The Queerview Mirror: Coming Out to Play
There is no denying that Robbie Rogers, along with Jason Collins and Michael Sam, has changed the world of major league sports in the United States. In May of 2013, Rogers became the first openly gay athlete to play for a team in one of the five major US pro sports leagues (the Major League Baseball (MLB), the National Basketball Association (NBA), the National Football League (NFL), and the National Hockey League (NHL) and the Major League Soccer (MLS)) when he took the field for the MLS’s LA Galaxy on May 26, 2013. Though pro sports have not become instantly LGBTQ friendly, the importance of landmarks like the moment Rogers set foot on that field cannot be overstated.
However, Coming Out to Play, Rogers’ memoir of his life up to and shortly after that historic moment, is not the story of a hero, and that may be the real beauty of the book. It is the story of a young man who loves soccer and happens to be very good at it. It is the story of a young man who struggles to be himself. It is the story of a young man who eventually finds the courage to be honest. It is the story of a young man, and the way it reads, it could be your story, or it could be mine.
I mean that in the best way possible. Rogers presents himself as human, mistakes, fears, and all. His writing style is relatable, though not particularly gripping. He demonstrates his own bravery, but states clearly that he isn’t any braver than the rest of us who have struggled to come out, raise awareness and improve conditions for ourselves and the rest of the queer community.
The best, most important passage in the book is near the end, when he talks about why he decided to come out of retirement after announcing he is gay. I think part of the passage is good enough and important enough to quote almost in its entirety.
“These brave students made me realize what a coward I was by comparison. I was never a part of any of these clubs when I was in high school. I never spoke out when people were treated badly, whatever the reason. But here they were, already out at fourteen, fifteen, sixteen years old, fighting against discrimination and for equal rights and respect for everyone, when all I’d done was come out and share my story. And it wasn’t like I came out because I was trying to help anyone. I was just trying to save myself by getting out from under all the lies…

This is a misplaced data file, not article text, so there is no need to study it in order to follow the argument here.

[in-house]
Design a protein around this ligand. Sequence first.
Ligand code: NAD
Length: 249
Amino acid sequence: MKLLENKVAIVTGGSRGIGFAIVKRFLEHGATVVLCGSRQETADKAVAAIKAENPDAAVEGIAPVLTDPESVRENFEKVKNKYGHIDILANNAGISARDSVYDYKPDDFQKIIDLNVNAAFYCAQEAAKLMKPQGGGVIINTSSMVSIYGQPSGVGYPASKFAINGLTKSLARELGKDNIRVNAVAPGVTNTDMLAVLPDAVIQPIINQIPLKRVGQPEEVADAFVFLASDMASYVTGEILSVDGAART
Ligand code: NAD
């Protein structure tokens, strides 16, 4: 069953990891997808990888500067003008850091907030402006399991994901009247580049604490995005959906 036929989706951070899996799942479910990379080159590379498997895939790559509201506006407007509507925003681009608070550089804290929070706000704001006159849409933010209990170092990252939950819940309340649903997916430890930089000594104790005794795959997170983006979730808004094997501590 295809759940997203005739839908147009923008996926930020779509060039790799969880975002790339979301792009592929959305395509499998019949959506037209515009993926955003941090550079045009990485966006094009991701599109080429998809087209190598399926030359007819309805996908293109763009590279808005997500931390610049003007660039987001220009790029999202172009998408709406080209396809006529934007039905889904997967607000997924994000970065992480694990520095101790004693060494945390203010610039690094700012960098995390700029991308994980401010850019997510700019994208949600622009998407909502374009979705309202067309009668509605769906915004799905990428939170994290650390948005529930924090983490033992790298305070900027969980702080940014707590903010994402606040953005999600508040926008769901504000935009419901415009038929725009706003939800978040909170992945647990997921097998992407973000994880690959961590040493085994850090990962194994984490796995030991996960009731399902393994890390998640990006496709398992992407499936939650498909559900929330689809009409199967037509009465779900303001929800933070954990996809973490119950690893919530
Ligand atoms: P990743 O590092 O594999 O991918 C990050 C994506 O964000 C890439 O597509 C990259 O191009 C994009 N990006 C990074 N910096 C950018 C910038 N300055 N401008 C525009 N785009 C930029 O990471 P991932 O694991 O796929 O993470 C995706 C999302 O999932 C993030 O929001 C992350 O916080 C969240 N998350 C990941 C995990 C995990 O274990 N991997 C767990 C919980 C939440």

That’s when I decided to go back to playing professional soccer. I had the chance to use that platform to help people, and if any of these kids had been in my position that’s what they would have done. Even without much of a platform they were willing to organize, speak to school administrators, and go into regular classes to talk about their experiences and educate people. As an out professional soccer player, I could do my part by setting an example and being a role model for that young Robbie Rogers who was just starting out in his sport and wondering whether he could be himself and still do what he loved. And even for kids who weren’t interested in sports, if they saw me doing what I wanted to do as an out and proud gay man, then maybe they would feel that they could be themselves and do the things they dreamed of doing. I could be an example of someone whose difference not only didn’t get in the way, but also made his life better.
Those amazing kids at the Nike forum—in combination with the hundreds of young people who wrote to tell me that I’d inspired them to come out to their parents or given them the inspiration to stay alive—inspired me to test myself, to see if I had the courage to go back in the locker room and onto the field as an openly gay man.” (199-200)
In those three paragraphs, Rogers captures all of what I see as the most important points in the book: (1) that there are serious costs to hiding parts of ourselves, particularly major ones like sexuality, (2) that it is possible to be yourself, be out, and still do the things you love, and (3) that we are all inspirational.
Now that I’ve shared those three paragraphs, you may not need to read the entire book. However, if you are a soccer fan, you should probably read it; if you are thinking about staying in the closet in order to pursue your goals, you should probably read it; and if you want a better understanding of some of the challenges that continue to stand in the way of young people coming out, you should probably read it.
Queerview Mirror is a semi-regular feature where Queereka contributors review a variety of media. Look for Queerview Mirror posts on Friday afternoons.